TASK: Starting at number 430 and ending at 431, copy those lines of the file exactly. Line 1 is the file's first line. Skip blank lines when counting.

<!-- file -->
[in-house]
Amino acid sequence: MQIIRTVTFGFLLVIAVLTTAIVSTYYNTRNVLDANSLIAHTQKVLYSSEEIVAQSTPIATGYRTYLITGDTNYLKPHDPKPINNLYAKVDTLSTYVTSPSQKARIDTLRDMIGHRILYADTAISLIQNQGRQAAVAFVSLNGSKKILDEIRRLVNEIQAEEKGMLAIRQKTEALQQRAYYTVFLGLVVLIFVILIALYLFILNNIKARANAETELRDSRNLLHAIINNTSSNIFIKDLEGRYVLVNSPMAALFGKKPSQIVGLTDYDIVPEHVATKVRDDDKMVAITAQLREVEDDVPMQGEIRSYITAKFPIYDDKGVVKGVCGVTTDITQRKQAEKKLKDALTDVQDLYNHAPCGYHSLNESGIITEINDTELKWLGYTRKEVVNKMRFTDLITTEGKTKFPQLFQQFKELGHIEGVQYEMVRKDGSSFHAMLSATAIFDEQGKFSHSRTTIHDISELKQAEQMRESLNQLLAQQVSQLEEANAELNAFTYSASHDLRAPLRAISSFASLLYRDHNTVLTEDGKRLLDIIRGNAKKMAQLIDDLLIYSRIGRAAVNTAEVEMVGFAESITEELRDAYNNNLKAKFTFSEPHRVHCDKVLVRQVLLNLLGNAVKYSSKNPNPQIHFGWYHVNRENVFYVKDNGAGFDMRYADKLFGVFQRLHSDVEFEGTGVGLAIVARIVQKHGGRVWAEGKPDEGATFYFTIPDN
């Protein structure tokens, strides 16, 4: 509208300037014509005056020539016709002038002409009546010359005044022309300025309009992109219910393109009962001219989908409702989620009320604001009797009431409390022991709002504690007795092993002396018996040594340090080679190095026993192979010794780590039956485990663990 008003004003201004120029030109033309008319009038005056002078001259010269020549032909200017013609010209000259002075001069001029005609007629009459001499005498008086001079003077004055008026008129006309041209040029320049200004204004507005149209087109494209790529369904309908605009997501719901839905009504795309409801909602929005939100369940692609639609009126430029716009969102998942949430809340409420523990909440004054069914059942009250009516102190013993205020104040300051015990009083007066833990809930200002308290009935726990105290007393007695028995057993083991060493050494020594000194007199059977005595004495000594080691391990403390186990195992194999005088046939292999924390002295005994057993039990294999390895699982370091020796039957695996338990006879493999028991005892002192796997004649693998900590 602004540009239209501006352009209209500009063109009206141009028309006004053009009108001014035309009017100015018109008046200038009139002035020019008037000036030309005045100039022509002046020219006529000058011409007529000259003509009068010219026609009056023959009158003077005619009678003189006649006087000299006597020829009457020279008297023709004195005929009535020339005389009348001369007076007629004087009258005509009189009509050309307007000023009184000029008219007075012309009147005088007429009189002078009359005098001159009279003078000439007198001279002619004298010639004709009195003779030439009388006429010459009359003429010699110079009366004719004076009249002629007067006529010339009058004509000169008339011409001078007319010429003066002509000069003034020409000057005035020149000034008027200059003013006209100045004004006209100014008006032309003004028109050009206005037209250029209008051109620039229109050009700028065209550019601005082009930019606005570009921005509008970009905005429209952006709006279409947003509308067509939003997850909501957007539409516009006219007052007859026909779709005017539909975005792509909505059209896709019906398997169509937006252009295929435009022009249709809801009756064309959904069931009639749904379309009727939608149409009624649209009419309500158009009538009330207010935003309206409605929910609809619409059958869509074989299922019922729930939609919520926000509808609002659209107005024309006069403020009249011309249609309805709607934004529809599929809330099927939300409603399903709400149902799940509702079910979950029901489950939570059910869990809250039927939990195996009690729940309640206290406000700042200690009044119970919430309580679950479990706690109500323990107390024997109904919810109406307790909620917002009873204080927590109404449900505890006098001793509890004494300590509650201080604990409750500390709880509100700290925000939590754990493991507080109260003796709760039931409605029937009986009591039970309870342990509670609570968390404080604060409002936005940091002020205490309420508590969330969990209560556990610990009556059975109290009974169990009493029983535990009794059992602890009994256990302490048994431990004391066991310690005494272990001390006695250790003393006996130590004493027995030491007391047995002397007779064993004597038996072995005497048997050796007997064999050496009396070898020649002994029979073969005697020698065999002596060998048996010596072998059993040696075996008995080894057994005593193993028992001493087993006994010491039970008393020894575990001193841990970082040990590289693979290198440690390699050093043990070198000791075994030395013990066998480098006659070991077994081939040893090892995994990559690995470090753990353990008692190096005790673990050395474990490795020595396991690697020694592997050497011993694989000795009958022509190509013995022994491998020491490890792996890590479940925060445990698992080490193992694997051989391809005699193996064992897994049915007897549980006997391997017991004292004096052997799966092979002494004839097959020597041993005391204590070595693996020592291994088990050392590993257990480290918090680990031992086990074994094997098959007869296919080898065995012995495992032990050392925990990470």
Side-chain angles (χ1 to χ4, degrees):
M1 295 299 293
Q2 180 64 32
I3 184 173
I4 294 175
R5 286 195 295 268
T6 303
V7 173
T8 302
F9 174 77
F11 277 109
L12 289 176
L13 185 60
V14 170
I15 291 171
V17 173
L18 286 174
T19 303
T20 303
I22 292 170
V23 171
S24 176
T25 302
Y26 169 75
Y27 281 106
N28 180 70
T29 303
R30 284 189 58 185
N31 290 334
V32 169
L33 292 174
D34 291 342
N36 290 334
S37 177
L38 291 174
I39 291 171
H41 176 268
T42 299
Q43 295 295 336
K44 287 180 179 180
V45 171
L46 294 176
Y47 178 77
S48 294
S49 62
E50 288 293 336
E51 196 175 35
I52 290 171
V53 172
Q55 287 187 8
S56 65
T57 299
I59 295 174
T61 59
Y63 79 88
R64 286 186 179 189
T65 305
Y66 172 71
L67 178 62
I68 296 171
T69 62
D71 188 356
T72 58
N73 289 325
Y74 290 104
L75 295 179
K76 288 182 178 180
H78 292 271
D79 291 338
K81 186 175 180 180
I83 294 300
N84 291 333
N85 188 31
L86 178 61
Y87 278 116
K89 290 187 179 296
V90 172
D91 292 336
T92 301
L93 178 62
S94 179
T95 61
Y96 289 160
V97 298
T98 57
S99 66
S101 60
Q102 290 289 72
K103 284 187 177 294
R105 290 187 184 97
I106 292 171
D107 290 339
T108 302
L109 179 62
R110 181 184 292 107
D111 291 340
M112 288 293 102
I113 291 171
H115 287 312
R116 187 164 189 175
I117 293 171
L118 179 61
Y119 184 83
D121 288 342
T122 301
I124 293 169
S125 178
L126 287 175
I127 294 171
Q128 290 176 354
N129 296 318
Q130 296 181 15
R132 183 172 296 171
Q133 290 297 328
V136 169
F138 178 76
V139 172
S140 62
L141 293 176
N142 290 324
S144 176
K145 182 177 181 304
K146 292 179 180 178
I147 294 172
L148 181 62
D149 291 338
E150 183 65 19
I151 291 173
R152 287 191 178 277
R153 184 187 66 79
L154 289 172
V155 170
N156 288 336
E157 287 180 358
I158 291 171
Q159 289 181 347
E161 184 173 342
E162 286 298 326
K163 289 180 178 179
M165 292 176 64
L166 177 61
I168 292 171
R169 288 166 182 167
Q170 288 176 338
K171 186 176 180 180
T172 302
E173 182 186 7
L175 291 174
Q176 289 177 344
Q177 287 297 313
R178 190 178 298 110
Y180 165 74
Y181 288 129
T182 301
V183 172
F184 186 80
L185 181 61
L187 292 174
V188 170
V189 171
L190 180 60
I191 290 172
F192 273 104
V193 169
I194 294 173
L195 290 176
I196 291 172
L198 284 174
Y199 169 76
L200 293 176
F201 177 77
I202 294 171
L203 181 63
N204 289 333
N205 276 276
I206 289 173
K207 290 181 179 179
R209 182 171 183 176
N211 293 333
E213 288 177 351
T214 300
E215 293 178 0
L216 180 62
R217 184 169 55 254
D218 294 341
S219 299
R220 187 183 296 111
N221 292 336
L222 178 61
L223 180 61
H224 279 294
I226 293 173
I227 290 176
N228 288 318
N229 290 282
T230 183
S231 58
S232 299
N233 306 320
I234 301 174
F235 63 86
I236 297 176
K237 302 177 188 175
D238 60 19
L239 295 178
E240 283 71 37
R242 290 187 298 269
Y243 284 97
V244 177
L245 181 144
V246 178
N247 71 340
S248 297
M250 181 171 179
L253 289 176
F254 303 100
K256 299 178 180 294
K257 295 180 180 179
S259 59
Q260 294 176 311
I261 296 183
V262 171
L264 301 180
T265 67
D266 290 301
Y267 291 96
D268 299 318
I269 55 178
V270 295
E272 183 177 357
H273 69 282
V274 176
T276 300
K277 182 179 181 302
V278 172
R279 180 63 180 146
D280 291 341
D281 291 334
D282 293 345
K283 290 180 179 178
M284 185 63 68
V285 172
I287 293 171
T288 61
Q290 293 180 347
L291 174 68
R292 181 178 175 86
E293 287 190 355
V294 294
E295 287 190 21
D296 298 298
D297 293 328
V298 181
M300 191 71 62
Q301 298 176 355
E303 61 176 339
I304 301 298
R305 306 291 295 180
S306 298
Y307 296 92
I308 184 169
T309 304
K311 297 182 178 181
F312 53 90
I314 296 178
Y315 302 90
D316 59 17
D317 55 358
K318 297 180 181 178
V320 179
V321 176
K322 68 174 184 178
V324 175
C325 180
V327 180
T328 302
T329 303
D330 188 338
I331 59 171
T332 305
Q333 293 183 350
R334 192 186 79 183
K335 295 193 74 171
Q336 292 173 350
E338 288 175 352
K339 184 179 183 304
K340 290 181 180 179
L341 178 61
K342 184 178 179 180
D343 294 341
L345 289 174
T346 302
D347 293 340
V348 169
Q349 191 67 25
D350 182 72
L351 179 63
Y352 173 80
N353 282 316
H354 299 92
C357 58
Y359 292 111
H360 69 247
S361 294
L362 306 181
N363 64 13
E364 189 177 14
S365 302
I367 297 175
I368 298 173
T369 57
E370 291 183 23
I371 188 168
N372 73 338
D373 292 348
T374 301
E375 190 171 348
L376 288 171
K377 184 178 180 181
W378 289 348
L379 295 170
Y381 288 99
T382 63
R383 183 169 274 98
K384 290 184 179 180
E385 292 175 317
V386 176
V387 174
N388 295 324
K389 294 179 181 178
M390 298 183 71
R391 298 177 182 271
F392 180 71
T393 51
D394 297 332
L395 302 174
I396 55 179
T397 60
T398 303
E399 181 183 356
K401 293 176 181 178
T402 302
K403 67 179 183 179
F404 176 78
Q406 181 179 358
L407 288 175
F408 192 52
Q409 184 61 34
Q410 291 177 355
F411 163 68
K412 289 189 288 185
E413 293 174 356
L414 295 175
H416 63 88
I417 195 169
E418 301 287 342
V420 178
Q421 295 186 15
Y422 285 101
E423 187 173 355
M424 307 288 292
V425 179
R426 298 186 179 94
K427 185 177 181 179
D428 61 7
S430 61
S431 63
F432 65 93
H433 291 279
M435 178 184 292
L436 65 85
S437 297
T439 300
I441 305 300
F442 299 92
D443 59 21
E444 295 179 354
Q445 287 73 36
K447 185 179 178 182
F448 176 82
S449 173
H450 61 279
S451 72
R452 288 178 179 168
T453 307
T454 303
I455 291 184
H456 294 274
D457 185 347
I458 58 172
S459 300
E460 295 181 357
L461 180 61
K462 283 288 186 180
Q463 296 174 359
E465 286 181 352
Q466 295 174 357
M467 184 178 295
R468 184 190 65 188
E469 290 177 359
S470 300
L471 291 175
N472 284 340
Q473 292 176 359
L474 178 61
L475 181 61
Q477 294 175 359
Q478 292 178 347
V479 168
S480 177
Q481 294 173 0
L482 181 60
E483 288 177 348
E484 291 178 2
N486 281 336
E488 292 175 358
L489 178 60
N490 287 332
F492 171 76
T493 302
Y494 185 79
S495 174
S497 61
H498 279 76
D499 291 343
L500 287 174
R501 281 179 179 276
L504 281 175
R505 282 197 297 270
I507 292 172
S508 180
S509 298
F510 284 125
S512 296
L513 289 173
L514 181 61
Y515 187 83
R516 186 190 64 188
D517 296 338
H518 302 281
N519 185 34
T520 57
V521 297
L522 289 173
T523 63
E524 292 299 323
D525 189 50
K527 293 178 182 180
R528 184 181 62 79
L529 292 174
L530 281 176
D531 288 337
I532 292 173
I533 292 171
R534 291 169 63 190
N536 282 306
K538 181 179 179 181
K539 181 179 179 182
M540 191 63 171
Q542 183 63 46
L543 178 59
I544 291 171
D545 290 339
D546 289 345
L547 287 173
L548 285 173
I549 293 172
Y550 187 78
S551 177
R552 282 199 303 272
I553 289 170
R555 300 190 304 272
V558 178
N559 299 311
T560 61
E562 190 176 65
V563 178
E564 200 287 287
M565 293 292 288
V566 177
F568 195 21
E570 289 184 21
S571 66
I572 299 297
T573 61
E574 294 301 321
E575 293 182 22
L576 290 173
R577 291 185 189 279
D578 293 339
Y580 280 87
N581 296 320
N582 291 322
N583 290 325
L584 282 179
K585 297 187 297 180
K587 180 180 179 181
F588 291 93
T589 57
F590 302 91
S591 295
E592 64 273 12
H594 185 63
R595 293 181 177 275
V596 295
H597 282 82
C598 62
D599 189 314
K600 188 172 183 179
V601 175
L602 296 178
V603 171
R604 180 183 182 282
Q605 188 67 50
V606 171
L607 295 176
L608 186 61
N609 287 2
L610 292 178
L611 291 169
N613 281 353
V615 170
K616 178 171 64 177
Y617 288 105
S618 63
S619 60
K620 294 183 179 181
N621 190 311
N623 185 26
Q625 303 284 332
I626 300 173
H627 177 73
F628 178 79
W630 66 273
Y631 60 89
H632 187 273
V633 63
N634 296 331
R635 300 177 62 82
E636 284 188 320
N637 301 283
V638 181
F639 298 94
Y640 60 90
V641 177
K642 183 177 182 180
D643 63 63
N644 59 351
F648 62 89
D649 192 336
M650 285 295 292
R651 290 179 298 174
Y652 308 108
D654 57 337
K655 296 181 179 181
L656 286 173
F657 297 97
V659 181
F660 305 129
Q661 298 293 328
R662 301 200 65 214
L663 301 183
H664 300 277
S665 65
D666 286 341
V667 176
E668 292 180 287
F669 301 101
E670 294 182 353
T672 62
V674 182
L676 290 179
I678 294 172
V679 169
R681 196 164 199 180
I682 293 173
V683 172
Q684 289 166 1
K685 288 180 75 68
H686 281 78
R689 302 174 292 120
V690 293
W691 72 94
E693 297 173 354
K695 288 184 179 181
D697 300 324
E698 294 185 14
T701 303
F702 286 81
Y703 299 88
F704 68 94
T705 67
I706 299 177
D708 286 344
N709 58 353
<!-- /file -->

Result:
R501 281 179 179 276
L504 281 175